Why Messi will never play in England
With his old boss Pep Guardiola taking over at Manchester City, why wouldn't they spend a fortune on the world's best player? His mentor Josep Colomer says he will never leave Barcelona
Sometimes a single word is sufficient to distil the significance of the man and the moment. "Madness" said Andres Iniesta, when he was asked to summarise the latest embellishment of Lionel Messi's legend. No one was inclined to offer an argument.
The planet's best footballer returns to the Emirates, for Tuesday's Champions League tie against Arsenal, to a familiar outpouring of superlatives and a blizzard of statistics which border on the surreal. In scoring Barcelona's 10,000th goal last Wednesday evening, he took his total in La Liga beyond 300.
Yet history offers an even sharper, more startling perspective. Messi has scored 439 goals in 512 games, or 4.39 per cent of those scored by the club since November 1899, when it was founded by English, Catalan and Swiss enthusiasts.
These figures amuse Josep Colomer, the Catalan scout who is credited as Messi's mentor. He understands their hidden humanity since, as Barcelona's academy director, he played a pivotal role in the development of a worryingly small, painfully shy and patently driven boy who had been discovered in Rosario, Argentina.
The pair remain close: Messi recently made a special trip to Senegal to support Colomer's campaign to distribute a million anti-malaria nets as part of Aspire Football Dreams, a talent identification project spanning 15 nations in Africa, Asia, Central and South America.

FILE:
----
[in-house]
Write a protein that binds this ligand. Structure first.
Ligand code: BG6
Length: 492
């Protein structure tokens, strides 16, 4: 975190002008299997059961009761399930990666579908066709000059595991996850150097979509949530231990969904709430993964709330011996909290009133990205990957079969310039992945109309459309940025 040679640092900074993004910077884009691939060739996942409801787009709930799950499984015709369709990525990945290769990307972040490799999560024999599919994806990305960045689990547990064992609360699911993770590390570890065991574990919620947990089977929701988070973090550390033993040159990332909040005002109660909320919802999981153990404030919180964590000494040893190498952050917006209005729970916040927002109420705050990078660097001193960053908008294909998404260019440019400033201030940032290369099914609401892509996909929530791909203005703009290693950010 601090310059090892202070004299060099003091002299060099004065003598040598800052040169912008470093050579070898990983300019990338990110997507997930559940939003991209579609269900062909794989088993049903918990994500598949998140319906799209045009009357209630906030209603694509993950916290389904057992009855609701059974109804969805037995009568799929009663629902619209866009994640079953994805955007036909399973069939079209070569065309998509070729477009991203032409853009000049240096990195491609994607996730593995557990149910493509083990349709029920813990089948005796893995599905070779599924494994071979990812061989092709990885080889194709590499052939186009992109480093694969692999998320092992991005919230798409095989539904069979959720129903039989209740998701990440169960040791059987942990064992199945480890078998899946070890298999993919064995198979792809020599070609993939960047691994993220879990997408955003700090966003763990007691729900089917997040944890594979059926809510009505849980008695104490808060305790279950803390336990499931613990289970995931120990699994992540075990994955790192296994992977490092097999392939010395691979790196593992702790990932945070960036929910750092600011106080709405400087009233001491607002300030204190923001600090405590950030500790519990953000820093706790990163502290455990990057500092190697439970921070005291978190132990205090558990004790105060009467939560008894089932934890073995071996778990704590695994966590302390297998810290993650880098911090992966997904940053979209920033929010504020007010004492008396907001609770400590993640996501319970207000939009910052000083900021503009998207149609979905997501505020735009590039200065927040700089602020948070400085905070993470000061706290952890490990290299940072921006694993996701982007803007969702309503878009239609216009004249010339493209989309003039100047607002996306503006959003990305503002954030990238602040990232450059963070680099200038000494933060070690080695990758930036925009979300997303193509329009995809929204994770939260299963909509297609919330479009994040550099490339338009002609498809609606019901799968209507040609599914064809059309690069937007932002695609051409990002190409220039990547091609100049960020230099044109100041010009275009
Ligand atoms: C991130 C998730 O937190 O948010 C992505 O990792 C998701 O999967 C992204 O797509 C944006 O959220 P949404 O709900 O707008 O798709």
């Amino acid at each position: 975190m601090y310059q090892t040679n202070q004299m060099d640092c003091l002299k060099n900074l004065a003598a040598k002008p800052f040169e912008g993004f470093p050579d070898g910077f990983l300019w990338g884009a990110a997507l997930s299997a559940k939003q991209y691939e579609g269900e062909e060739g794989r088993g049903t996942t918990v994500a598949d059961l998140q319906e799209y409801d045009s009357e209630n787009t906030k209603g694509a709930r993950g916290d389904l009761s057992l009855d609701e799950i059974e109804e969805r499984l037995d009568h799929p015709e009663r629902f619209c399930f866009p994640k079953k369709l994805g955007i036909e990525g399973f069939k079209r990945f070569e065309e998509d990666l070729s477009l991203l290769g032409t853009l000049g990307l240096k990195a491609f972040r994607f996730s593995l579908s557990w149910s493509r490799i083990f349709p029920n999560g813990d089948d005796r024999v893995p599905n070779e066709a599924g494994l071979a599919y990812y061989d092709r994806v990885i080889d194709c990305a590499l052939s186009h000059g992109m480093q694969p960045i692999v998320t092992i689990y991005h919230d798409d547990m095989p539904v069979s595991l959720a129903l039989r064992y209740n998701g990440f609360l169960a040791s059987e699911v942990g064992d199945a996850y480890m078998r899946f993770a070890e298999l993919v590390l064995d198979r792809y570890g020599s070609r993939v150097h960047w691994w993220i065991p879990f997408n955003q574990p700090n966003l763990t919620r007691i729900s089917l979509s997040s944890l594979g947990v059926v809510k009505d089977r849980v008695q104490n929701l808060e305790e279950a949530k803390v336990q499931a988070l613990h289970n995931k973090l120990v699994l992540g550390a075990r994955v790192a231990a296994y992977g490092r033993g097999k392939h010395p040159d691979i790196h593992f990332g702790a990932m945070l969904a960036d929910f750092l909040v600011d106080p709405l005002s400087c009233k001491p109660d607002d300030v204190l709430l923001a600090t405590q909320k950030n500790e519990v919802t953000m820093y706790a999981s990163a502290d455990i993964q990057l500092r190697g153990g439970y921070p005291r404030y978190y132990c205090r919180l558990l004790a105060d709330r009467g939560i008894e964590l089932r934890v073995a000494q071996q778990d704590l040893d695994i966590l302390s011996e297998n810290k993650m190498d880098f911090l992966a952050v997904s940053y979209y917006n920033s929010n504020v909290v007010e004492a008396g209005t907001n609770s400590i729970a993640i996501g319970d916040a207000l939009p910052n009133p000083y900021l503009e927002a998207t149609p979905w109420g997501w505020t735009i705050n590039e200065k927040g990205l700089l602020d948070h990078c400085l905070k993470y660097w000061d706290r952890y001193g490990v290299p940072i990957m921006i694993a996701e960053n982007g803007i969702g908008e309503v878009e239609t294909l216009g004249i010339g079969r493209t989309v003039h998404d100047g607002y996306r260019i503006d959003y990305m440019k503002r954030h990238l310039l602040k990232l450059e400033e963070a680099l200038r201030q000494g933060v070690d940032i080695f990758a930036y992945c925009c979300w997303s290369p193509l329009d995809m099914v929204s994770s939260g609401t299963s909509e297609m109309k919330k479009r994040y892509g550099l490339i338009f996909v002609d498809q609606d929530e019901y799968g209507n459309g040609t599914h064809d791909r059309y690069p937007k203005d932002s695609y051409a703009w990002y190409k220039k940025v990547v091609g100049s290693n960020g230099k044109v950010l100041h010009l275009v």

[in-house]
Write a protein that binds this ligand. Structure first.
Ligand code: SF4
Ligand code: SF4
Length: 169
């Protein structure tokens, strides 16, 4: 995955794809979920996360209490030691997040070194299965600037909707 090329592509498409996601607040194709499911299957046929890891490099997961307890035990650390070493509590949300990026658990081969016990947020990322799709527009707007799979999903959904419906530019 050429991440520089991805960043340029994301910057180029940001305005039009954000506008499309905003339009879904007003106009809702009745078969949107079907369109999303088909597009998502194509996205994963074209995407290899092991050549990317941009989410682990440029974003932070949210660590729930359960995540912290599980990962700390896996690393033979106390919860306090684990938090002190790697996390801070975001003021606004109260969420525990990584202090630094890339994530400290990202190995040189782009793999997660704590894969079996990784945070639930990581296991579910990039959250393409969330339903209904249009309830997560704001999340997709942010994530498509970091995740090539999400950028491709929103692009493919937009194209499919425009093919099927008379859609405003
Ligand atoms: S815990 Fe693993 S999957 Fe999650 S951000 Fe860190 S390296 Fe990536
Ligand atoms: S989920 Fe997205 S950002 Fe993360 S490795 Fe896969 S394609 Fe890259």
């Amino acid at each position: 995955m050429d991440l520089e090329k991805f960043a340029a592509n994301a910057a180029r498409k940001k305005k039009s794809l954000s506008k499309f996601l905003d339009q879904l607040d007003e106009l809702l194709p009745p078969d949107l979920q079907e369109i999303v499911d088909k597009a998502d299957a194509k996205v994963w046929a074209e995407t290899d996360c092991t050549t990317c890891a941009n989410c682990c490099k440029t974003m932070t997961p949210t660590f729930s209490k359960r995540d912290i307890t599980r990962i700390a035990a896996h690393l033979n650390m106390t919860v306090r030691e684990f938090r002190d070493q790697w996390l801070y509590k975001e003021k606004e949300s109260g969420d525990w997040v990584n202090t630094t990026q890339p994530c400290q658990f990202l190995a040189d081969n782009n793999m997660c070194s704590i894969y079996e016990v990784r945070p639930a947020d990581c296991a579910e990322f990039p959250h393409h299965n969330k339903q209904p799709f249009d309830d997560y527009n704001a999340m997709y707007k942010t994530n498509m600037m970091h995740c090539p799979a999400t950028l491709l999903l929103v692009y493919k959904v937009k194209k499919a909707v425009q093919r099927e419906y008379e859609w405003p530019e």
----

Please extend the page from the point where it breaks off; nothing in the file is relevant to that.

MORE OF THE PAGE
Colomer has the understated nature of many veterans of his trade, and feels obliged to offer the standard health warning: no matter how frenzied the speculation in the build-up to Pep Guardiola's arrival at Manchester City as their new manager this summer, Messi will never play in the Premier League.
"Everybody wants to see Messi playing in his league," Colomer said, with a wry world-weariness. "If I was English I would love to see him playing for a team in my country. But I'm not sure if you take Messi from Barcelona to another philosophy that it would work. I don't see him in another club because already he has realised with Argentina it's not the same Lionel Messi. Messi is Messi in the context of Barcelona. I'm not sure he is going to be the same Lionel Messi in another context.
"A player grows in a system but, more than a system, a philosophy. He has in his body the philosophy of Barcelona. At his age, to co-ordinate with the philosophy of the other club or the other players, it's not as easy as people think.